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Governor Reynolds Vaccinated Live During News Conference in Defense of New One-Shot Vaccine

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JOHNSTON, IOWA — Governor Kim Reynolds is endorsing the new Johnson & Johnson vaccine against COVID-19 by rolling up her sleeve. Reynolds on Wednesday became one of the first Iowans to receive the one-shot vaccine.

Governor Reynolds was joined by her husband, Kevin, and Kelly Garcia – the interim lead of the Iowa Department of Public Health – in being vaccinated live during her televised weekly news conference in Johnston. Reynolds said she chose that vaccine and that venue to make a point about trusting in science.

“Unfortunately some critics are suggesting that the J&J vaccine is somehow inferior to those from Pfizer and Moderna because its efficacy rate is lower,” Reynolds said, “This information is misleading and quite frankly it is irresponsible to position any vaccine as a less desirable option when its undergone the same rigorous clinical trials to test its safety and efficacy and has received approval by the FDA and the CDC.”

The Johnson & Johnson vaccine does have a lower efficacy rate than the other two vaccines. However the ease of storage and the fact that it can be delivered in a single shot outweigh those concerns. Governor Reynolds invited one of the state’s top infectious disease specialists to give a second opinion during her news conference.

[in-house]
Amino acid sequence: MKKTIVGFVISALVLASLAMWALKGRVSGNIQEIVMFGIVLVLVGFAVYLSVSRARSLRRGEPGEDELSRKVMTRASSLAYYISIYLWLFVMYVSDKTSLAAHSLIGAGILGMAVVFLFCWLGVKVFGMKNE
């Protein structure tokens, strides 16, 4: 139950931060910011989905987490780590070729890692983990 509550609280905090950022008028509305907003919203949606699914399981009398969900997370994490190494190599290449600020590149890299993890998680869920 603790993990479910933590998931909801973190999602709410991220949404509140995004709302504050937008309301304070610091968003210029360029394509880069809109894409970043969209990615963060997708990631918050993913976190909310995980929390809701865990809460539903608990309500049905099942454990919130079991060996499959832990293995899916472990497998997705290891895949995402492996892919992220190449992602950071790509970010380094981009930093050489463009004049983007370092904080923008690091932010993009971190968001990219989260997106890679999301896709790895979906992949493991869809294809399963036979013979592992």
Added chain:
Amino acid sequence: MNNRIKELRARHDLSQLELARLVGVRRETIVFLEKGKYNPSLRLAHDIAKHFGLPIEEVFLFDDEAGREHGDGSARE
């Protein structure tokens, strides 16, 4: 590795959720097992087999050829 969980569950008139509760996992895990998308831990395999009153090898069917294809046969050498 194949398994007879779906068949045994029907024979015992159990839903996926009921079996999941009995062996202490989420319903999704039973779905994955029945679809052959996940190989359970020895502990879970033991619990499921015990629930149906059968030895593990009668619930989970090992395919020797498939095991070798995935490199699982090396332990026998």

“This vaccine is safe, it is extremely effective. We encourage anyone who has the opportunity to get a vaccine to get the first one available to you,” said Dr. Pat Winokur with the University of Iowa Hospitals and Clinics, “These vaccines are safe, they are effective, they are exceptionally good at preventing severe disease.”

Governor Reynolds also announced plans to open up vaccines to the next group of eligible Iowans in the tier structure her administration is using to determine who can be vaccinated.  “Our plan is to vaccinate nearly 160,000 employees who work or live in congregate settings at the 456 food processing, ag production and manufacturing and distribution companies across Iowa,” Reynolds said. The Governor anticipates it will take five weeks to complete that process, depending on vaccine availability.

Governor Reynolds also shared a positive assessment from the Biden administration on expected increases in vaccine allotments in coming weeks. The Biden administration now says that they could be distributing up to six million doses per week across the country by the end of March.

COVID-19 has killed at least 5,501 Iowans in less than a year.

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